“Maybe San Diego is ready for a festival like KAABOO ,” said John Wojas, the San Diego vice president of Goldenvoice, which produces the annual Coachella festival in Indio. “I’ve been surprised through the years at how attendance has grown at venues in San Diego, from arenas to amphitheaters, and how new venues continue to open here.”
The Del Mar Racetrack and Fairgrounds is not a new site for music festivals.
The 2007 edition of Street Scene - which featured such headliners as Muse and The Killers - was originally scheduled to be held at the same Del Mar location as KAABOO , before being moved to what is now Sleep Train Amphitheatre in Chula Vista. In 2005 and 2006, the fairgrounds hosted Festival Del Mar, a two-day festival that featured such diverse artists as reggae pioneer Desmond Dekker and jazz trumpeter Christian Scott.
“Del Mar was definitely on our short list,” Gordon said. “When we had the opportunity to secure the racetrack and fairgrounds, I sort of knew we’d found our home. We thought it was the perfect venue and locale for us. We wanted something in a destination resort-type market which San Diego and Del Mar clearly are, a place with extraordinary weather, ease of access, an extraordinary infrastructure and a large population center that is also easily traveled to from other places.
“The bonus was that, shockingly, there was not a major festival in the market, and this is one of the 10 largest metro areas in the U.S. So we thought Del Mar offered us pretty much everything we were looking for, including lots of great hotels nearby.”
At least 80 percent of the KAABOO lineup has already been confirmed, according to Gordon, who last year founded HorsePower Entertainment, specifically to produce the fledgling festival.
“This will be definitely be a first for us. We’re really very excited about hosting this festival,” said Linda Zweig, the Del Mar Fairgrounds’ spokeswoman.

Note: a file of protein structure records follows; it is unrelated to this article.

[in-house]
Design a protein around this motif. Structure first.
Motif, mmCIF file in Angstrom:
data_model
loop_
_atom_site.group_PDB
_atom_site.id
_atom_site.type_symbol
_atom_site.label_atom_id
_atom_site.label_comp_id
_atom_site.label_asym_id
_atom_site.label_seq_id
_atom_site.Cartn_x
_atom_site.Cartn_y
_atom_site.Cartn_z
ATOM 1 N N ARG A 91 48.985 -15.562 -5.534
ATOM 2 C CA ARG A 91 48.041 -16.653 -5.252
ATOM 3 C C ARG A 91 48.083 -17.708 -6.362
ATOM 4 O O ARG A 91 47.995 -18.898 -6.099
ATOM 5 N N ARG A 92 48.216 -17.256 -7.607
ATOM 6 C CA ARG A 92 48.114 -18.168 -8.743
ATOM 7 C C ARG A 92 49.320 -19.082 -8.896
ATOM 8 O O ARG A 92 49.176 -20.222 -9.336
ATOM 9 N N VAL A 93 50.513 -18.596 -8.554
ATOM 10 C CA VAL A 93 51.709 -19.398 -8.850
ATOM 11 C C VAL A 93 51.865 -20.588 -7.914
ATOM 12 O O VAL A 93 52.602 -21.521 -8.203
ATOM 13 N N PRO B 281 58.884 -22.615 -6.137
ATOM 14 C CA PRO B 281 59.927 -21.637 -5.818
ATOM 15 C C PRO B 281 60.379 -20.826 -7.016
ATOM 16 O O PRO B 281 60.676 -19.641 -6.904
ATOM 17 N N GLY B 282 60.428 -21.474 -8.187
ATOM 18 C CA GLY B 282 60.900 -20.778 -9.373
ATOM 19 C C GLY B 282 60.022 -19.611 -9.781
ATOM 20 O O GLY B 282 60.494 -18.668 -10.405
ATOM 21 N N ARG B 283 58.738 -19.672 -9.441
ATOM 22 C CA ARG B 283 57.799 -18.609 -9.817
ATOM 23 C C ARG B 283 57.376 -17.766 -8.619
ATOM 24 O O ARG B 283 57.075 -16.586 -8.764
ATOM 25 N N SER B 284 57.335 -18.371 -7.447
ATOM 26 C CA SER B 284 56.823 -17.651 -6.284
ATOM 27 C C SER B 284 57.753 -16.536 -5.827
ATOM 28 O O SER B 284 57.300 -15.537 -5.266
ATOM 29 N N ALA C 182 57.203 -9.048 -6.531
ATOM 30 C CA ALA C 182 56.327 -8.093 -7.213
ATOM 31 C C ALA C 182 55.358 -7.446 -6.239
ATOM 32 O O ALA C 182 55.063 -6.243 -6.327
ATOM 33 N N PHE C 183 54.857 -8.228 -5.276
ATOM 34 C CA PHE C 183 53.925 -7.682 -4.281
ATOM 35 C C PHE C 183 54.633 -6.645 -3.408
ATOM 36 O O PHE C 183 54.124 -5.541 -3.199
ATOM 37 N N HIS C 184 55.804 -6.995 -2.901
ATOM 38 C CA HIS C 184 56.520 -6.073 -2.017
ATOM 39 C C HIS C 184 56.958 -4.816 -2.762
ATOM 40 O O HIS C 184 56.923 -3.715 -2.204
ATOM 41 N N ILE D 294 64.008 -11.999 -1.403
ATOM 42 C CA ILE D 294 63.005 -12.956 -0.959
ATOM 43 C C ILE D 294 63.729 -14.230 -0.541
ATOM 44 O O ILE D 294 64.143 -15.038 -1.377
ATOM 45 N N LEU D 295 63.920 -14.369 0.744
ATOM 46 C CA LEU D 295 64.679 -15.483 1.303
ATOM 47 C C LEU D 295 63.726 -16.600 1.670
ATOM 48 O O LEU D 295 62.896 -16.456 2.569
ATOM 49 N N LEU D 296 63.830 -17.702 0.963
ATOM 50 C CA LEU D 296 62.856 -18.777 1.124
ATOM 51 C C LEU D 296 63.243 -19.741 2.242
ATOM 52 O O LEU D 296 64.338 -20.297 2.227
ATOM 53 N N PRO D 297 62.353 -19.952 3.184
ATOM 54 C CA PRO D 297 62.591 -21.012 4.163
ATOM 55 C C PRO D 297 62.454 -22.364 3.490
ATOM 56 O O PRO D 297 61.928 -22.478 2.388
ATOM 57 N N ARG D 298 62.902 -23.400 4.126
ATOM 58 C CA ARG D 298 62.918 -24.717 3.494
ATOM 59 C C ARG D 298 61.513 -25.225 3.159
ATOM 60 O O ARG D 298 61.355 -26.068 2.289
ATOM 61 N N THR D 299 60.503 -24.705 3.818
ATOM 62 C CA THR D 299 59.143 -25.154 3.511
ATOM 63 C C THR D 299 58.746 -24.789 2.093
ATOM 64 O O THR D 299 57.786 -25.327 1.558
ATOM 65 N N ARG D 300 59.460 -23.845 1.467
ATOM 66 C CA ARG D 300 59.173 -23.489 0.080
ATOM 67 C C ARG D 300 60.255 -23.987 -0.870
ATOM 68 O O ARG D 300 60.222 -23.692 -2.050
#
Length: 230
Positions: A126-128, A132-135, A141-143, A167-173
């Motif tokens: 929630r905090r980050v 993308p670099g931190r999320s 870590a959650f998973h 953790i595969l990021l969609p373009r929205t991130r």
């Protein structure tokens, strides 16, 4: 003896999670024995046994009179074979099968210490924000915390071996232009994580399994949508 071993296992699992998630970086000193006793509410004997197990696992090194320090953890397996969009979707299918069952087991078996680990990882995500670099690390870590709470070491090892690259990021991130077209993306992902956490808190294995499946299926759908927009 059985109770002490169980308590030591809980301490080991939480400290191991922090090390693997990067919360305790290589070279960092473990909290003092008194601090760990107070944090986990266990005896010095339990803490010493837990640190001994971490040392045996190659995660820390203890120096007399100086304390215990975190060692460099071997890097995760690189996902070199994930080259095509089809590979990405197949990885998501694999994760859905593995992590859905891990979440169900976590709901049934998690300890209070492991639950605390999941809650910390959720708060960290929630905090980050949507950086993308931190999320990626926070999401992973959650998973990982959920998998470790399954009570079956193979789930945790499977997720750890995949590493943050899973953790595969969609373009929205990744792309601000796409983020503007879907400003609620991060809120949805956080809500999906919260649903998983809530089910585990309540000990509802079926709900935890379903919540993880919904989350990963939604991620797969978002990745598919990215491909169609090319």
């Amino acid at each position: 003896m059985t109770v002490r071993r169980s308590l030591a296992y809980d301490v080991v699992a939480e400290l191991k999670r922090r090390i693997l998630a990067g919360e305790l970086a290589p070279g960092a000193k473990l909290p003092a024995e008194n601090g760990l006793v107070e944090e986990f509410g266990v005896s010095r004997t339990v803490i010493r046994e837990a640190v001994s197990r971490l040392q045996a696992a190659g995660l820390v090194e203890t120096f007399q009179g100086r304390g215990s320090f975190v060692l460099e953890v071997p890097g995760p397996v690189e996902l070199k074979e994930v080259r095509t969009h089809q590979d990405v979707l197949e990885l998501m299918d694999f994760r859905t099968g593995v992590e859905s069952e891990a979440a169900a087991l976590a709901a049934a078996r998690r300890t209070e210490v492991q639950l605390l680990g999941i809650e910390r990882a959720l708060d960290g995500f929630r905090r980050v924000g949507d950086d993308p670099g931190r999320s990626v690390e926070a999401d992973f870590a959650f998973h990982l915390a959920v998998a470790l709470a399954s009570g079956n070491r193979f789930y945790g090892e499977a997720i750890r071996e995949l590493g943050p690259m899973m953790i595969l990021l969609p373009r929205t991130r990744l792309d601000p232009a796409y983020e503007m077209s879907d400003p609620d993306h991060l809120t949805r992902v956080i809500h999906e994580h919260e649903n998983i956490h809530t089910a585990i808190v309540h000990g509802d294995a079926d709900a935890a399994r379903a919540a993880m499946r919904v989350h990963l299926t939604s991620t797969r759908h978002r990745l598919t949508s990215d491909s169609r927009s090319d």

KAABOO creator Gordon is founder and chairman of the Denver-based The Madison Companies, LLC, a private investment holding company he founded in 1996. Madison has, according to its website, invested over $1 billion in a varied portfolio of market-leading, middle-market companies and properties worth over $3 billion.
While Gordon is aware it can often take several years, or longer, for new music festivals to make a profit - assuming they last that long - he is confident that KAABOO will build traction. To help the event achieve maximum potential, he has formed a team of several dozen consultants with decades of experience in the concert and festival production fields. Among them is Pipeline Productions, a Kansas-based company that produces the 11-year-old Wakarusa rock festival and the three-year-old Thunder on the Mountain country music festival, both in Arkansas.
“I’m very definitely not a gambler,” Gordon said. I’m a serial entrepreneur and professional investor. And I don’t know of any business we’ve developed (at the Madison Companies) that we expected would become profitable in less than 2-4 years. That’s the nature of start-ups.
“Anybody who goes into any business who is is not mentally and financially prepared for the initial rigors of a start-up is not prepared. We are fully prepared to make the time- and financial-investment to see this - like all of our businesses - through to profitability and franchise traction.”